Monday, December 9, 2019

Why Can't Flower Pigments Be Used in Paints?

Thom Rozendaal asks: "Why don't we use flowers to make pigments? I understand it would be hard to separate the biological matter from the pigments so maybe it would be possible to study how flowers produce these colors and recreate the processes in a lab? Has this ever been attempted before? Are there any pigments that are already made from flowers? It seems most are made of some type of mineral or something, and I guess I'm just worried we'll some day over-mine some of them as we are already doing with so many other things, whereas flowers are already being produced on a mass scale and are a renewable resource."

Thom, There are two main types of pigments in flowers: carotenoids and flavonoids. Scientific American says: "Carotenoids include carotene pigments (which produce yellow, orange and red colors). Carotene pigments are also found in vegetables, which is what gives carrots their colors. Flavonoids include anthocyanin pigments (which produce red, purple, magenta and blue colors)."

Both of these are natural organic pigment compositions that fade quickly because the large molecules are easily broken by ultraviolet light. You can make ink out of anthocyanin pigment, but it will be subject to photodegradation. People who collect dried flowers keep them pressed in books to protect them from ultraviolet light.

One organic pigment that has been traditionally been used as an artists' pigment or a vegetable dye is madder root, made from the dried root of rubia tinctorium. The root pigment is "laked" which means "bonded chemically to a colorless, transparent, insoluble salt that often acts as its own mordant — which turns the dye into an insoluble pigment. The gum arabic in watercolors then binds this complex but chemically stable pigment to the paper." (Source)

Natural organic pigments are rarely used in modern paints because of issues of lightfastness, so paint manufacturers use synthetic organic pigments or inorganic pigments. This webpage explains more about that process.
Scientific American: Springtime Science: Exploring the Pigments in Flowers
Anthocyanin pigments on Wikipedia


Susan Krzywicki said...

What a great question that was. Enjoyed your answer - nothing I had ever thought about before. It reminds me of a thought I had the other day, while watching a YouTube art restoration video. The restorer said in passing that he appreciated artists who prepared their canvasses well and used good techniques. It mean that restoration work, centuries or decades later could more easily help support the longevity of the work.

I'm not saying that the free-wheeling times from the 50s or 60s onward were wrong to break out of the strictures of a codified art establishment. It is interesting though, that this freedom has come at a later price: preserving flashes of genuine fresh creativity that were executed in spur of the moment methods and with materials grabbed from other realms that were not focussed on permanence - fading, etc.

Maybe this is part of the yin and yang of life: pops of new stuff, then a swing of making the new into the long-term standard that can be maintained over time.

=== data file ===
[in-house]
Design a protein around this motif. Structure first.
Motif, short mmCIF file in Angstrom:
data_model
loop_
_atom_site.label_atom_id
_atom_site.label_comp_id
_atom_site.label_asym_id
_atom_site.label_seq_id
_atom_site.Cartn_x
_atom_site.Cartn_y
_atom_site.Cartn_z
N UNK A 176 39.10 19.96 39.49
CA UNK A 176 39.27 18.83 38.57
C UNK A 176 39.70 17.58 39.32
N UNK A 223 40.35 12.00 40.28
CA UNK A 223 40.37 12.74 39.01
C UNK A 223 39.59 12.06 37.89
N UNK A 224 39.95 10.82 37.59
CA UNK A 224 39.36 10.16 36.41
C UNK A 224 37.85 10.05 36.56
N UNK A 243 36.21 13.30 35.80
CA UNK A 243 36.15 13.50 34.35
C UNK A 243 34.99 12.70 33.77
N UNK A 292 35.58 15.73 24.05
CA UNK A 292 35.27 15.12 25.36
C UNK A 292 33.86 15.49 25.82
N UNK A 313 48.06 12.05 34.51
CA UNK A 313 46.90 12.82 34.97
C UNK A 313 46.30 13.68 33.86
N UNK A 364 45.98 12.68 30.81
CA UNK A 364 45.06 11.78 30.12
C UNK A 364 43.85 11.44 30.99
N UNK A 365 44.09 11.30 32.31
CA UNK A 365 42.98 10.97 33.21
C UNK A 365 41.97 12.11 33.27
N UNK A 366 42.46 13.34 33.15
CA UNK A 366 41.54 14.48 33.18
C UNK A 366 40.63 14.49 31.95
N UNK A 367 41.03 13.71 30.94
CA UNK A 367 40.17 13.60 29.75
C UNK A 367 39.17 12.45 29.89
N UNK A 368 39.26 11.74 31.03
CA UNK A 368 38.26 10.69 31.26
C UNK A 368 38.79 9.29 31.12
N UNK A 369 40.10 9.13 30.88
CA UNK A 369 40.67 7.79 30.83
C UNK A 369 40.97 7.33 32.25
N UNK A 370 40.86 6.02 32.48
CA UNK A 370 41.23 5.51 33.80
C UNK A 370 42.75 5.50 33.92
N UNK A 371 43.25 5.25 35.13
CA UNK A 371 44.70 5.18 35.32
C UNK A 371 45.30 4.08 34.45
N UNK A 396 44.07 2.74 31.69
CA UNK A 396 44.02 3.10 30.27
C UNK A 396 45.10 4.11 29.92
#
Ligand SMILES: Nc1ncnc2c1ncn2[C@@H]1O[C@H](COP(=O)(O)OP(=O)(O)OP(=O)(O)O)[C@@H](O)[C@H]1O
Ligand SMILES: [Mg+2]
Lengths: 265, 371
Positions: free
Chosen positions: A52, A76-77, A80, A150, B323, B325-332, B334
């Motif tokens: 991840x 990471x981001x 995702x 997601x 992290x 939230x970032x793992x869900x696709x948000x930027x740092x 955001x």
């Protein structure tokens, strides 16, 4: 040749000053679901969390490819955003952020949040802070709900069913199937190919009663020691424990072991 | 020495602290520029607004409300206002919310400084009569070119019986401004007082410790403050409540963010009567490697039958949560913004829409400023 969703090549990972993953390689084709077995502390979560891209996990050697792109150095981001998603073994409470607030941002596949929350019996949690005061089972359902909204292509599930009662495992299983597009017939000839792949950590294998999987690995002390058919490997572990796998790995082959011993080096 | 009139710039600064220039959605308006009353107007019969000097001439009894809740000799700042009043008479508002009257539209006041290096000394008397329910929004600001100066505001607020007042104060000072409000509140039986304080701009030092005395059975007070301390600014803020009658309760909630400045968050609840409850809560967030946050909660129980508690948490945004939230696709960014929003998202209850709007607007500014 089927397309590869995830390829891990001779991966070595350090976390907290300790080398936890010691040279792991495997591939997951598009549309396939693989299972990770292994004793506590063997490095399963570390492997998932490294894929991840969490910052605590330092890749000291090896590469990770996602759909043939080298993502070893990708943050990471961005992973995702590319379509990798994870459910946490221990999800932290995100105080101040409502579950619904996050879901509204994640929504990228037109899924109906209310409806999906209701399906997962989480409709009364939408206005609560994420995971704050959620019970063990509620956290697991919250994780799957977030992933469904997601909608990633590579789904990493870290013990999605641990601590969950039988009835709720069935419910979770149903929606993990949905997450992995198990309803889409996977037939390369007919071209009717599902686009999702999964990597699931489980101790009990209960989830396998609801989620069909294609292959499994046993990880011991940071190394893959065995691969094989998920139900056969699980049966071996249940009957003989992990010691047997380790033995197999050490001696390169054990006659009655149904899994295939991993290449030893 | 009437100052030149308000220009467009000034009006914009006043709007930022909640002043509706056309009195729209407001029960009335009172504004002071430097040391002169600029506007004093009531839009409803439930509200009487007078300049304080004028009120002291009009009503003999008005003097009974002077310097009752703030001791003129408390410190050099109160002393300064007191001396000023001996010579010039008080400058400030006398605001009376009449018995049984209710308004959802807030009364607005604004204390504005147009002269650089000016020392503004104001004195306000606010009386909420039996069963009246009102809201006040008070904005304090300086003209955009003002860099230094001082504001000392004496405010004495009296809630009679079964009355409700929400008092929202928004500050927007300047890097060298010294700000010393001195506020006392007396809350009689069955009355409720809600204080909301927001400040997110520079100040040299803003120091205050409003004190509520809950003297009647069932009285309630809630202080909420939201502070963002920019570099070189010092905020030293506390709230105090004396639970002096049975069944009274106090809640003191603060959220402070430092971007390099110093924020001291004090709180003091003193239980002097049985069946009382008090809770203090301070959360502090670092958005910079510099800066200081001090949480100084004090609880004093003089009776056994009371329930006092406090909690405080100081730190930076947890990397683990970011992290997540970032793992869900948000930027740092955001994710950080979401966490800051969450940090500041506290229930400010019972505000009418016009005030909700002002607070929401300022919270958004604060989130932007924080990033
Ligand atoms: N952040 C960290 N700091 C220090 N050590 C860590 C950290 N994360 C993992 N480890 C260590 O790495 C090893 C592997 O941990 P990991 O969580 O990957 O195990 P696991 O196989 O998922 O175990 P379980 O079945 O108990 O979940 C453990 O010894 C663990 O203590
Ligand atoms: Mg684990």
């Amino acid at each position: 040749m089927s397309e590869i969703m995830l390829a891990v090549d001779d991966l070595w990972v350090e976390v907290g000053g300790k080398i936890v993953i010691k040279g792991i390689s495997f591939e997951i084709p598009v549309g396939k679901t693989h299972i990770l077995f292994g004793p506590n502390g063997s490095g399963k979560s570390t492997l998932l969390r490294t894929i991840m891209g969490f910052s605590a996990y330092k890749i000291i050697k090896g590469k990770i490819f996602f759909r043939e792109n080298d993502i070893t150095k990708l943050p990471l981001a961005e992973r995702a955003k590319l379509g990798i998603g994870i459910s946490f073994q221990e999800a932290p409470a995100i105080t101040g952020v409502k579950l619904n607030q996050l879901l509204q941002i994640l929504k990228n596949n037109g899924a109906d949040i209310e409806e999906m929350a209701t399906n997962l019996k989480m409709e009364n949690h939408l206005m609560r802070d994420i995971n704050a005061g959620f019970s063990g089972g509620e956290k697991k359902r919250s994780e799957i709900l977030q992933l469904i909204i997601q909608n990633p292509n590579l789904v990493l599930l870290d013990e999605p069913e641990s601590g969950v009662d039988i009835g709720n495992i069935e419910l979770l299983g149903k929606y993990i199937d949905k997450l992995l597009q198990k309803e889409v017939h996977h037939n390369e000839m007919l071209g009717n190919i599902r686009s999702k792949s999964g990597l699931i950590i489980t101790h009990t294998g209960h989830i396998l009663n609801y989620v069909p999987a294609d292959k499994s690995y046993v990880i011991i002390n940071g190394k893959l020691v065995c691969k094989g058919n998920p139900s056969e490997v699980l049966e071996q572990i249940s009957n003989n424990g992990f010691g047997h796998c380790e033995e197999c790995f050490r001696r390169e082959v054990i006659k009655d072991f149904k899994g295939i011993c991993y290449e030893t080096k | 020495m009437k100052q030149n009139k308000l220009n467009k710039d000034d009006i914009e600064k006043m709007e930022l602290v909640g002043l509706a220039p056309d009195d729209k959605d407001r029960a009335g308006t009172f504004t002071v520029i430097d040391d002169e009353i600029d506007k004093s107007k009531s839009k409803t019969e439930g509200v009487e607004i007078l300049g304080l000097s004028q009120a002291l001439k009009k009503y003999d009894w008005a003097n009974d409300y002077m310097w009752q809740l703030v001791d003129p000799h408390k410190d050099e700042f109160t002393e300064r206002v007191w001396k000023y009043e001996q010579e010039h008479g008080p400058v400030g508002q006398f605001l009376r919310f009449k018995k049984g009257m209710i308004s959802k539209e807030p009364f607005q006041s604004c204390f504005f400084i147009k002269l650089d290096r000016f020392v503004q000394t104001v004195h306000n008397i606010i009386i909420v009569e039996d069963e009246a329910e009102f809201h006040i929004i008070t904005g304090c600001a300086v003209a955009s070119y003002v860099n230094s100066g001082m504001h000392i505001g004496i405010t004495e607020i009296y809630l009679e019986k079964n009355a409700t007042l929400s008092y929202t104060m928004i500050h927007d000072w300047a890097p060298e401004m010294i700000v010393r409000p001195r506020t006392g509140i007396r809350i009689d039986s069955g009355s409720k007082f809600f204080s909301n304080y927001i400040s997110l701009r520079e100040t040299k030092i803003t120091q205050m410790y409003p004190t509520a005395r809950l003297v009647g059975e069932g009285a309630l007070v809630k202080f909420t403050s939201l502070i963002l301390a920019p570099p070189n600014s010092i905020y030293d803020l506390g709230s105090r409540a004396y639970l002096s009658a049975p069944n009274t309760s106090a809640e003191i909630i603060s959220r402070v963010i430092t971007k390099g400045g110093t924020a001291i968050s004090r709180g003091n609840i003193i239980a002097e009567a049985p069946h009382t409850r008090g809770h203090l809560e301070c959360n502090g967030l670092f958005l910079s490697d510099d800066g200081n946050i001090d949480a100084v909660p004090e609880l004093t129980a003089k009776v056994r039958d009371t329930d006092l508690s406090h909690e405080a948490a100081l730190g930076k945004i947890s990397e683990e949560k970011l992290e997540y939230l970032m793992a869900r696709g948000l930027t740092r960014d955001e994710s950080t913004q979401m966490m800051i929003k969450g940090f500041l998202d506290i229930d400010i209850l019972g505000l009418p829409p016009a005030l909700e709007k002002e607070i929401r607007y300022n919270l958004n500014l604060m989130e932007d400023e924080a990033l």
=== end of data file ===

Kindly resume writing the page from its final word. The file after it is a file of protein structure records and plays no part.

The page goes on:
arturoquimico said...

Maestro... I retired from 50 years as a chemical researcher, quality control consultant, and instructor at a local University and took up art as a hobby... not only am I impressed with your artwork, but also your straightforward explanation of plant pigments and artist dyes is very scientific and "chemical"... the only problem I had working with artists is that they thought brown was a color... and in chemistry there are only colors per se... so students should not answer a question about spectroscopy and name a pigment! i.e. violet exists, but not turquoise...

Susan Cushing said...

Walnut makes a fairly lightfast pigment used for inks, and has a long history of use.
I make it from the walnut husks and get a deep rich brown that works well with
watercolor and also other inks. In looking into how it has been used, some sources say
it is very lightfast. It's been around for hundreds of years.

Rick Majors said...

Can paint which has completely dried and hardened in its tube be rescued and reboended to an original consistency, after it has been stored too long?

James Gurney said...

Rick, I've heard some people say they've done it successfully. I've tried it without success so far—cutting open just made a big mess for me. Anyone have tips?

DeadSpiderEye said...

Very informative James, Rose Madder was used to dye uniforms in the British Army until 1873. Officers uniforms were generally dyed with cochineal, but they were responsible for supplying their own kit.

I wonder if you have view on the Emerald Green issue ie copper-acetoarsenite? It's sort of related to this topic, it being probably the most notable case of a toxic pigment.

Thom Rozendaal said...

Very interesting, there's much more depth to the matter than I expected. Especially that last link was incredibly informative, though I still feel a bit unqualified to understand most of it, having no knowledge of chemistry.

Osnat Fine Art said...

Hey James, the article was really informative. We majorly prefer to use natural colors but at the same time, we don’t really have a thought on this significant part. While using natural elements and over-mining them, we forget how they will affect our environment. Sustainability is one of the significant factors of this time period. So while using chemical substances do we really feel that the next generation will find it easy to sustain what we are making for them? The thought that you have highlighted is really valuable. We are also encouraging such kind of thought.